Omicron less severe as it mostly avoids attacking lungs: Report
New York: A series of recently published studies found that the fast-moving Omicron variant may be less severe than other Covid strains because of the way it attacks the lungs, media reports say.
According to The New York Times, studies on mice and hamsters have found that Omicron produced less damaging infections to the lungs, and instead was limited largely to the nose, throat, and windpipe.
Previous variants would cause scarring in the lungs and serious breathing difficulty, coating NYT, The Times of Israel reported.
“It is fair to say that the idea of a disease that manifests itself primarily in the upper respiratory system is emerging,” Roland Eils, a computational biologist at the Berlin Institute of Health who has studied how coronaviruses infect the airway was quoted as saying.
One of the studies found that the Omicron levels in the lungs were one-tenth or less of the level of other variants, the report said.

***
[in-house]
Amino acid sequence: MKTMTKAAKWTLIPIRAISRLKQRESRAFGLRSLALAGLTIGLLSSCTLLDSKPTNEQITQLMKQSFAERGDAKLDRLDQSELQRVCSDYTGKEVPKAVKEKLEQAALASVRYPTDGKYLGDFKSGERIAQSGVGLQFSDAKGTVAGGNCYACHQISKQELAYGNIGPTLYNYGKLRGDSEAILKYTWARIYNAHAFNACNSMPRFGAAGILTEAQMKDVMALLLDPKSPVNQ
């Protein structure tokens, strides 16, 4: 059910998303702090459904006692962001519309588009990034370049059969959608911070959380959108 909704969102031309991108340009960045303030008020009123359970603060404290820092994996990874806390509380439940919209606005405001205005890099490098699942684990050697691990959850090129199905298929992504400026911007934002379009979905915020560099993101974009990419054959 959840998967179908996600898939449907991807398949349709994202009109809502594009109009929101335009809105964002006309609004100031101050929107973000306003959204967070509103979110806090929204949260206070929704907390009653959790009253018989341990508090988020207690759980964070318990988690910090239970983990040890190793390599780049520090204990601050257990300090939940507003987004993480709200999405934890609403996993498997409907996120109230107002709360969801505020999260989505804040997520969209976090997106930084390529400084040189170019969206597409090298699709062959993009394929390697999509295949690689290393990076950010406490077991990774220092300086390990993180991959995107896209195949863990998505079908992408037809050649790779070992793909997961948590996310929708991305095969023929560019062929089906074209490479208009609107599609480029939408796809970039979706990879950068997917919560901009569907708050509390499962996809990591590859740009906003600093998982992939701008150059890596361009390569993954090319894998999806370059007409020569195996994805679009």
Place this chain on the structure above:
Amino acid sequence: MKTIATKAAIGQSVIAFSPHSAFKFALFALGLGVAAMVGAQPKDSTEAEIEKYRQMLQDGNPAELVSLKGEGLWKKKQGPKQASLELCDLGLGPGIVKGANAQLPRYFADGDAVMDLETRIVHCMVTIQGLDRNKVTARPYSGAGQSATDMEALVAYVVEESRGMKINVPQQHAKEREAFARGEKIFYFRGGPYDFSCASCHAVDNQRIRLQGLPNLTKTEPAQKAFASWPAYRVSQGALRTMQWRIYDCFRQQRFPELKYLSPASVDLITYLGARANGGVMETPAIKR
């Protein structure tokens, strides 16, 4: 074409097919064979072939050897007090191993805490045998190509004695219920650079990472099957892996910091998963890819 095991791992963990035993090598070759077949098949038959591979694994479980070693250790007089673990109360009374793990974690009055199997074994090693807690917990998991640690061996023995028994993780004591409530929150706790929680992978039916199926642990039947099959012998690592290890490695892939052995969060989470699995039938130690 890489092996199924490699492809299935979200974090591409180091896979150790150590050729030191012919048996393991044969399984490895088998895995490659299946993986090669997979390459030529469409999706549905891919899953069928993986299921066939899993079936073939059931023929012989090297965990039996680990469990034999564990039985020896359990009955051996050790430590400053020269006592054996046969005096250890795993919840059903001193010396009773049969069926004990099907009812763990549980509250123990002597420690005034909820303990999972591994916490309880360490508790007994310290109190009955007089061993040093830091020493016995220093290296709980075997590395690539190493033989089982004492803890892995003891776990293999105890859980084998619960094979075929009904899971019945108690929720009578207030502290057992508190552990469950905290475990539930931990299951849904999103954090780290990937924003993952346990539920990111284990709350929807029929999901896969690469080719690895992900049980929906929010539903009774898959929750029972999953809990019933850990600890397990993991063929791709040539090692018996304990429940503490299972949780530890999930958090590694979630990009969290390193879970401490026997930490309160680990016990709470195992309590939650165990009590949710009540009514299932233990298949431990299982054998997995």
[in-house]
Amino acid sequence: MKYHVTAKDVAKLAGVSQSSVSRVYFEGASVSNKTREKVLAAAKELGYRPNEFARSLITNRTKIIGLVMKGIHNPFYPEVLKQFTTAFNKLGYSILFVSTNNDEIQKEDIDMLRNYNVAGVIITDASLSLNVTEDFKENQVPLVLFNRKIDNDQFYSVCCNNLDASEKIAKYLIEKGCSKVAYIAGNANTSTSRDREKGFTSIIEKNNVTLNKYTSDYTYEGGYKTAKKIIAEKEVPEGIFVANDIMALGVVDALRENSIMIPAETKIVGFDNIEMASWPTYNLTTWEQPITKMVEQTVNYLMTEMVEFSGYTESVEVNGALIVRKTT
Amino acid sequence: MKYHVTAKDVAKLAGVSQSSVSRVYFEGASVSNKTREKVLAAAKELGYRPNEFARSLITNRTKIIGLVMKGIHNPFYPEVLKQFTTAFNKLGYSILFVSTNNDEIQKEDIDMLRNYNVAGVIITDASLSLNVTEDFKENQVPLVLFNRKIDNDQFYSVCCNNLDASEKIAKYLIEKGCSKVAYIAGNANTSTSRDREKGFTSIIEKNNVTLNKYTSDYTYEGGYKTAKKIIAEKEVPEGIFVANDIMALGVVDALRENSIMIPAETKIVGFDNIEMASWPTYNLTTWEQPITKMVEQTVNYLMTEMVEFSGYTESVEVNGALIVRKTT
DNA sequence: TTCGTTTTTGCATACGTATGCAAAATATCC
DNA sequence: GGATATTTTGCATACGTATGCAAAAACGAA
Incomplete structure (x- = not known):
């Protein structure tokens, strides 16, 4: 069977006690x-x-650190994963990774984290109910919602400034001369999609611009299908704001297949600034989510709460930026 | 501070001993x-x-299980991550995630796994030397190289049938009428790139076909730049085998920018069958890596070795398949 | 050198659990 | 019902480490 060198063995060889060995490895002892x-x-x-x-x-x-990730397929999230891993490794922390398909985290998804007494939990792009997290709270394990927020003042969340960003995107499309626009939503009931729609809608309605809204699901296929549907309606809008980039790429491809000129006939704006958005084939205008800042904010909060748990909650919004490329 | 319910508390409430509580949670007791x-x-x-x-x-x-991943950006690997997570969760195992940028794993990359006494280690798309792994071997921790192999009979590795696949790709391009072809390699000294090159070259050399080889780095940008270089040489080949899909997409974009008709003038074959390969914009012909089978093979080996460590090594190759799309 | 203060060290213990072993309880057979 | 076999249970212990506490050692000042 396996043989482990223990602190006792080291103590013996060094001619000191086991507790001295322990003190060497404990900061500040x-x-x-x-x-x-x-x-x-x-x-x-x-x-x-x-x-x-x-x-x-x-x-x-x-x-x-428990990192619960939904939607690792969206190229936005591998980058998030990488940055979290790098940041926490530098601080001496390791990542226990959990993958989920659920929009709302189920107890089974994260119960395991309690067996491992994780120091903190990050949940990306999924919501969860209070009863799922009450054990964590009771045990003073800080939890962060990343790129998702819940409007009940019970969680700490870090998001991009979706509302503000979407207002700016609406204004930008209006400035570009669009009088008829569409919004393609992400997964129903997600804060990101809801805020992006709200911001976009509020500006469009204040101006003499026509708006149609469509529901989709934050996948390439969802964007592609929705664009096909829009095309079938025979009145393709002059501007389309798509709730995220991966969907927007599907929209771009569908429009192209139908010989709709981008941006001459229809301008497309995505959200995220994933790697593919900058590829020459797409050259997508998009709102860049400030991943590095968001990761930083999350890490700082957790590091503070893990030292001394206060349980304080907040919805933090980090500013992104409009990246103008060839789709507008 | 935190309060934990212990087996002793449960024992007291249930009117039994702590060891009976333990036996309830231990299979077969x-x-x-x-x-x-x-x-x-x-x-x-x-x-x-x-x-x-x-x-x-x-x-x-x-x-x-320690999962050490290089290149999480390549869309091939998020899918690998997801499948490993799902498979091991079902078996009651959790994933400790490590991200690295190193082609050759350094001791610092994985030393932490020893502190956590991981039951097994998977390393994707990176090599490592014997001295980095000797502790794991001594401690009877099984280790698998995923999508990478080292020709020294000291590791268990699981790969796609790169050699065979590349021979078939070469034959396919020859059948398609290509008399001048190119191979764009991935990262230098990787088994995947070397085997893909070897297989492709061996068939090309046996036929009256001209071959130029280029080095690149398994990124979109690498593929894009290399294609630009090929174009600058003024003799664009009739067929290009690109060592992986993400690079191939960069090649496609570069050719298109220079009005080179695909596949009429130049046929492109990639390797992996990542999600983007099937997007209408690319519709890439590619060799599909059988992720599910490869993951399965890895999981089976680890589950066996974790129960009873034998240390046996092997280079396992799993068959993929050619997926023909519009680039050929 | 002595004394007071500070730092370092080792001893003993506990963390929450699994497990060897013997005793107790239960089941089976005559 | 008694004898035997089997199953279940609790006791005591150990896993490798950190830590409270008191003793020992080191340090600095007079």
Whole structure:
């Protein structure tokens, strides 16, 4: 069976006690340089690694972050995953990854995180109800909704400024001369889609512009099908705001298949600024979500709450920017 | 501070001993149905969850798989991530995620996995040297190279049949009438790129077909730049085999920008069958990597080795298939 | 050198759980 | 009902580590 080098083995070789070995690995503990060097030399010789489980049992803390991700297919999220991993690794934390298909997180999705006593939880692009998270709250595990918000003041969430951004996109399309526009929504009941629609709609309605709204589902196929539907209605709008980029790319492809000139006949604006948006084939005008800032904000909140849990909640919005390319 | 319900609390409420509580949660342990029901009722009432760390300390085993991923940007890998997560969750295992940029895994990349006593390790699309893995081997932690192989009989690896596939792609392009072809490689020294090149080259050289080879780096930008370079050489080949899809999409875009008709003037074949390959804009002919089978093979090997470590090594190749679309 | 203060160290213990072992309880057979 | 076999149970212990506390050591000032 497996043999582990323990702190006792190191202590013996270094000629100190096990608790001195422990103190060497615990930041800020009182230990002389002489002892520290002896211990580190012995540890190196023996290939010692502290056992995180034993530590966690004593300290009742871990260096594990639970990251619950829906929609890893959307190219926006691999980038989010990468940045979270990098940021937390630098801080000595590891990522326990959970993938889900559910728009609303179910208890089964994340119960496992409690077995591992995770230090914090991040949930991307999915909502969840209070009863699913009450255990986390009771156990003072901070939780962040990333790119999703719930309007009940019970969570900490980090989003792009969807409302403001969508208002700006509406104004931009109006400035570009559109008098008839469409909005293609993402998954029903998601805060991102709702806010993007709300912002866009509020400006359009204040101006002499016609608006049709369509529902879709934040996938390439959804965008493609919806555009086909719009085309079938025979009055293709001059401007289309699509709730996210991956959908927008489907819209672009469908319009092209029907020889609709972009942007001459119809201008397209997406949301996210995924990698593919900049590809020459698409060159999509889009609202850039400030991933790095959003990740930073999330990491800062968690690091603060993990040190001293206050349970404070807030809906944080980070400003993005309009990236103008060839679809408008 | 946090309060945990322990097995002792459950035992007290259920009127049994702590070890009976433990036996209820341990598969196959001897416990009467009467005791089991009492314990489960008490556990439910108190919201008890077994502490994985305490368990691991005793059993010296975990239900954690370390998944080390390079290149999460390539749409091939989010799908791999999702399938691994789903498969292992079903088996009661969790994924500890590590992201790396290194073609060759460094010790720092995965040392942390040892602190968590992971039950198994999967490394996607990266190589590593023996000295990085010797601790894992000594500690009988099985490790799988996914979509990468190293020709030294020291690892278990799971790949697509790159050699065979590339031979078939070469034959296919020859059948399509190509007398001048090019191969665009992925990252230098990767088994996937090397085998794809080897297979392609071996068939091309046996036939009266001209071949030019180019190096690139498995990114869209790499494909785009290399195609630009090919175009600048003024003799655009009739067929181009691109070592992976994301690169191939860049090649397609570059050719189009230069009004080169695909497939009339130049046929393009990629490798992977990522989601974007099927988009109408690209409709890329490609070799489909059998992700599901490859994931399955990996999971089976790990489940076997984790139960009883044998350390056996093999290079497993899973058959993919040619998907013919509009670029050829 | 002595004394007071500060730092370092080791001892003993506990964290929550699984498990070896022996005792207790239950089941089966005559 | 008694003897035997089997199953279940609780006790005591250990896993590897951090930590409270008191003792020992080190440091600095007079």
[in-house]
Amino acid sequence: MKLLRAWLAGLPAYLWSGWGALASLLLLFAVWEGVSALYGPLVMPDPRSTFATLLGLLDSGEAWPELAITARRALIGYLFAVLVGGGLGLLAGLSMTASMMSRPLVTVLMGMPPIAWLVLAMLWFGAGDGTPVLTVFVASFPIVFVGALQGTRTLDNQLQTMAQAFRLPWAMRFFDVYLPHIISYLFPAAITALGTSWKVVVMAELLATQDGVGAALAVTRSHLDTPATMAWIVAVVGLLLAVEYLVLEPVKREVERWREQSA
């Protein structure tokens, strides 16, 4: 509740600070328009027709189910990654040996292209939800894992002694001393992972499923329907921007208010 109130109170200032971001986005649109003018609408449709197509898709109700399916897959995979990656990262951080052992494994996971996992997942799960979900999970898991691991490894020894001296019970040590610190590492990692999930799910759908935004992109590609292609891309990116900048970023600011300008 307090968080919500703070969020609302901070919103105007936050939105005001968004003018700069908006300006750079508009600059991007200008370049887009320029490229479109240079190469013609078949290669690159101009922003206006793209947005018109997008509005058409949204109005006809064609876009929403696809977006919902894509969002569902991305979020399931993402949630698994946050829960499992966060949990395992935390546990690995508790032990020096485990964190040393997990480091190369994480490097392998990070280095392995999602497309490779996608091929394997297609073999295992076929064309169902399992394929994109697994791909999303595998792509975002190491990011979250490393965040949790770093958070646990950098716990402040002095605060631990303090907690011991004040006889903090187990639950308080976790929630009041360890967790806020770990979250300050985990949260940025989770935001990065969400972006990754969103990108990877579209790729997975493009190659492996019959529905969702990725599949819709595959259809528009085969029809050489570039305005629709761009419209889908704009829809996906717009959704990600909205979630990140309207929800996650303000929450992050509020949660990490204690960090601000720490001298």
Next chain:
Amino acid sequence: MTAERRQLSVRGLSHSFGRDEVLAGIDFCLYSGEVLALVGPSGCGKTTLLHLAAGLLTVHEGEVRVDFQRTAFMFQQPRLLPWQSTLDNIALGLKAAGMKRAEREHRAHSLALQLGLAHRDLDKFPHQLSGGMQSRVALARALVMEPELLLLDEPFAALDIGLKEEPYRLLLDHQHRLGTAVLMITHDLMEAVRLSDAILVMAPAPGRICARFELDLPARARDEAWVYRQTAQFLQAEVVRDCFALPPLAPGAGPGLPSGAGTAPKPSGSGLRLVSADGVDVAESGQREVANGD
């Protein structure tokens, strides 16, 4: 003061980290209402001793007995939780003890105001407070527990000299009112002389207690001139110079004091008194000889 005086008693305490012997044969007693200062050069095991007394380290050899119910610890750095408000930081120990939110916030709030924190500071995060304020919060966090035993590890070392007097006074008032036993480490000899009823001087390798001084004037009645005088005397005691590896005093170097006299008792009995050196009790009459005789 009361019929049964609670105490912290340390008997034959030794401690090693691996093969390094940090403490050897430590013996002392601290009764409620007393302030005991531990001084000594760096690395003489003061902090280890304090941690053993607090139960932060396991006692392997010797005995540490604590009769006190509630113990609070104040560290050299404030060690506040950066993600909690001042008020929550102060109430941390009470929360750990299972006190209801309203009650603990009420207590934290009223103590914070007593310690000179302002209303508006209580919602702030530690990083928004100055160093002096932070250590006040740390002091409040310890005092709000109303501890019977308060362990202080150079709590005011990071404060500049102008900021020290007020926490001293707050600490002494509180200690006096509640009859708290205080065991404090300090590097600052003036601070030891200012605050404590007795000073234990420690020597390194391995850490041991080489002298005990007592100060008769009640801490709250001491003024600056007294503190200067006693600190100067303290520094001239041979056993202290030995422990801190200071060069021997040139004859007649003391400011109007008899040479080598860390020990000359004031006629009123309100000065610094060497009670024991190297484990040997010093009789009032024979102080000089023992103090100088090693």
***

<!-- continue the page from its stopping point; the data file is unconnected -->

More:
Several experiments published in recent days all pointed to the conclusion that Omicron is milder than Delta and other earlier versions of the virus, in line with real-world data, it added.
The studies were posted online in preprint form, meaning they have yet to be reviewed by other scientists and be published in scientific journals.
Omicron was first identified in South Africa and Botswana in late November. It quickly became the dominant strain in South Africa, causing an explosion of infections with a peak of about 26,000 daily cases recorded by mid-December, according to official statistics.
The variant is currently present in more than 100 countries, according to the World Health Organisation, and affects vaccinated people as well as those who have already had coronavirus.
Many studies suggest Omicron, now the dominant strain in some countries, carries a reduced risk of being admitted to hospital, but the WHO still urged caution.
India’s Omicron tally on Saturday reportedly has reached 1,431.